Four rules I would have for my classroom are as follows.

1. Give your attention to whomever is speaking.

Naturally we need to have the student’s attention before any effective teaching can begin but I have also notice that sometimes students do not give their attention to others. We offer the students a chance to make announcements at the beginning of each period, sometimes students will talk over others or try to but into their announcements. Not only is this disruptive but it is also extremely rude and disrespectful. Which brings me to the second rule.

2. Respect others.

We will not tolerate any sort of bullying or mean spiritedness directed to ourselves or other students. It creates a hostile environment and hurts the learning process.

3. Come prepared to class.

This includes not only completing the necessary homework but also bringing paper and a writing utensil.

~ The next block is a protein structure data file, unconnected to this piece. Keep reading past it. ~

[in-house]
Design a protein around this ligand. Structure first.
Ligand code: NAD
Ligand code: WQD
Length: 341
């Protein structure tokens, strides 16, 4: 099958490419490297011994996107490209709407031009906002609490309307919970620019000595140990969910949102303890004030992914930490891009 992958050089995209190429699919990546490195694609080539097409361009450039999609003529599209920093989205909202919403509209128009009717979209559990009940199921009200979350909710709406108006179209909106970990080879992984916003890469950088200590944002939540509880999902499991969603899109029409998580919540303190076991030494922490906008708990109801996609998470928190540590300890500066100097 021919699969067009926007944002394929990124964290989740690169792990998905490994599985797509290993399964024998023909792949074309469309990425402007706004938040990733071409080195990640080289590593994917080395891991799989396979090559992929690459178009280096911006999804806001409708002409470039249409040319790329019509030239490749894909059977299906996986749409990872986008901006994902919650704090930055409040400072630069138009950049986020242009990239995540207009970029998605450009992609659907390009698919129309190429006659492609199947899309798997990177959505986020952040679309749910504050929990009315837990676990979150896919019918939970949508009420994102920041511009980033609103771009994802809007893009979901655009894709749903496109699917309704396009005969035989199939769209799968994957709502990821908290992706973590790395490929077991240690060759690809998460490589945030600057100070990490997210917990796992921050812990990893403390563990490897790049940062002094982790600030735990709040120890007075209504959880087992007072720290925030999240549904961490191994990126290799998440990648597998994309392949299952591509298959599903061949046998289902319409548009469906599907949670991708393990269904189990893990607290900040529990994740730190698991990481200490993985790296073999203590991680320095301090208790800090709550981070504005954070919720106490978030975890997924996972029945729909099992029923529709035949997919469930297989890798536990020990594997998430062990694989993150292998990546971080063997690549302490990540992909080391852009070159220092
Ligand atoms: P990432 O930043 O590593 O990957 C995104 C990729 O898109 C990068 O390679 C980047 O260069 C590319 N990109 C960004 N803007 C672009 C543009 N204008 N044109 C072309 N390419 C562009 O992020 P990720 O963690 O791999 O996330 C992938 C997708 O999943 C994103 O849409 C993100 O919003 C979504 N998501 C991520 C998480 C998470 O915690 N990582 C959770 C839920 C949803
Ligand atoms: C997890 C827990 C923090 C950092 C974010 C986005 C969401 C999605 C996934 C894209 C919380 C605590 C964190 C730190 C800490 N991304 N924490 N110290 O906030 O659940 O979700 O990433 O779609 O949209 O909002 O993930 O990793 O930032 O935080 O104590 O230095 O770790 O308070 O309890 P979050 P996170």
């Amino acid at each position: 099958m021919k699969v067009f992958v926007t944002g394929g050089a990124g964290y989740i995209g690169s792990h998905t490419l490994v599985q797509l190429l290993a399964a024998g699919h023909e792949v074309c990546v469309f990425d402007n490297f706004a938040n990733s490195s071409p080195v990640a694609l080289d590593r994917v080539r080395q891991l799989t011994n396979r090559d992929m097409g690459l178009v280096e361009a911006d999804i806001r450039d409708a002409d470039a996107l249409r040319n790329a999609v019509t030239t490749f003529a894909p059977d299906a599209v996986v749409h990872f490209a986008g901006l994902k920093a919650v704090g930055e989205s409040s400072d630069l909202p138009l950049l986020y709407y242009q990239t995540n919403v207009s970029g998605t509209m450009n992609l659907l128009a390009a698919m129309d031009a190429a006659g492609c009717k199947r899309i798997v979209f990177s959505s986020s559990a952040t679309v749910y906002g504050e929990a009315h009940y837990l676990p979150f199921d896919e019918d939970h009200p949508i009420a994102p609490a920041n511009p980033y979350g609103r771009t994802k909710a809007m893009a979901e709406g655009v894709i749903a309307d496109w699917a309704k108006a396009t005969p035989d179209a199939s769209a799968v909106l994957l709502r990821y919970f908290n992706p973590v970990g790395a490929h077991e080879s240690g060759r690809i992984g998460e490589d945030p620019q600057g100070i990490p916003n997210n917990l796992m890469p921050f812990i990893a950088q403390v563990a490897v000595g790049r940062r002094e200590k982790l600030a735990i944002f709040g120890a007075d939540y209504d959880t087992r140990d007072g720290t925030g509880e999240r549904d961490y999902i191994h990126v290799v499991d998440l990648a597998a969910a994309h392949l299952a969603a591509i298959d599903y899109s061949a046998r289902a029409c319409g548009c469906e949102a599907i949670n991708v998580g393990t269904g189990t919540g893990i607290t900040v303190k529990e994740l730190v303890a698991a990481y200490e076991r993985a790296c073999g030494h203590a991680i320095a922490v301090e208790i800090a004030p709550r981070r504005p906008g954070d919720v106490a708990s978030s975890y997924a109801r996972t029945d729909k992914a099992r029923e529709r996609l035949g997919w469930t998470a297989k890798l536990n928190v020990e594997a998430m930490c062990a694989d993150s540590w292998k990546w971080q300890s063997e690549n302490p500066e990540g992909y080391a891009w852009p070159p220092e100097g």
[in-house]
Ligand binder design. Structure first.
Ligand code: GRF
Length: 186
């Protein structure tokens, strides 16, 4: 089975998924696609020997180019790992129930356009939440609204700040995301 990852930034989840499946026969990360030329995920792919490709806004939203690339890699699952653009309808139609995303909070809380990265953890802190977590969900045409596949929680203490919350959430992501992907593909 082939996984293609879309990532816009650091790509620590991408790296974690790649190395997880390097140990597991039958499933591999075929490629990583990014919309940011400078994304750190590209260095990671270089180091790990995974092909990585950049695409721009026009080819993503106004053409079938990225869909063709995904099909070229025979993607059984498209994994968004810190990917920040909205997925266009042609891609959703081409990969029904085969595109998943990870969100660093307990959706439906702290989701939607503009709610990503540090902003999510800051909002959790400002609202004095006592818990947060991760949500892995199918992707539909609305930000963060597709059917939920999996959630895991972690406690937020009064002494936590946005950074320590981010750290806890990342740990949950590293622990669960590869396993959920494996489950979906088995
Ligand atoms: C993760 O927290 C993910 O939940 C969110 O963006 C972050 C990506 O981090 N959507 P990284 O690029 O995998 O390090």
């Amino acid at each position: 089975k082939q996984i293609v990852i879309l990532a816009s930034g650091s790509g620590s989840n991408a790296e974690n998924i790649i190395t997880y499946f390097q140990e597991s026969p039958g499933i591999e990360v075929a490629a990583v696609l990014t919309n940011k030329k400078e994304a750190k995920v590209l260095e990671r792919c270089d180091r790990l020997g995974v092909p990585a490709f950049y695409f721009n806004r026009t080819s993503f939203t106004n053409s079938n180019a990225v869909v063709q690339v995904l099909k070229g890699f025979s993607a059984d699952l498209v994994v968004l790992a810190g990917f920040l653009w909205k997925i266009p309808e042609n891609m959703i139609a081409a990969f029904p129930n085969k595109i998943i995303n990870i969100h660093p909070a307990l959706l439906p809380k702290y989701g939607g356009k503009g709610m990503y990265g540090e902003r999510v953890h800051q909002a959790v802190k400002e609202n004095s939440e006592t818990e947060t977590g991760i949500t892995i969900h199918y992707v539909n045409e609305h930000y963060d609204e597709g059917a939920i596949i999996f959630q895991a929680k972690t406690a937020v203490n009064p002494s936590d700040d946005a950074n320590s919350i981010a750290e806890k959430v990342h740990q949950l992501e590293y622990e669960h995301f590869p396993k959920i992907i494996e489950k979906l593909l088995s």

4. No electronic use in class unless it directly relates to your work.

I’m sure as I develop my classroom management skills this list will expand but for now they seem to be decent ground rules.

A relevant article I read was from NEA, it discussed an anti-swearing campaign at a school in Washington.

Nearly 1,000 students, on their own accord, signed a pledge not to swear. When asked why some students said they wanted to help make the school a nicer place, and that they wanted to expand their vocabulary by finding better, more intelligent, ways to express themselves. After reading a bit about classroom pledges in our text I have been trying to decide if one would be appropriate for my classroom. As one can see here students who make a conscious decision about what the rules should be are much more inclined to follow them.

Here is a link to my wordle

Andrew Brennan, introduction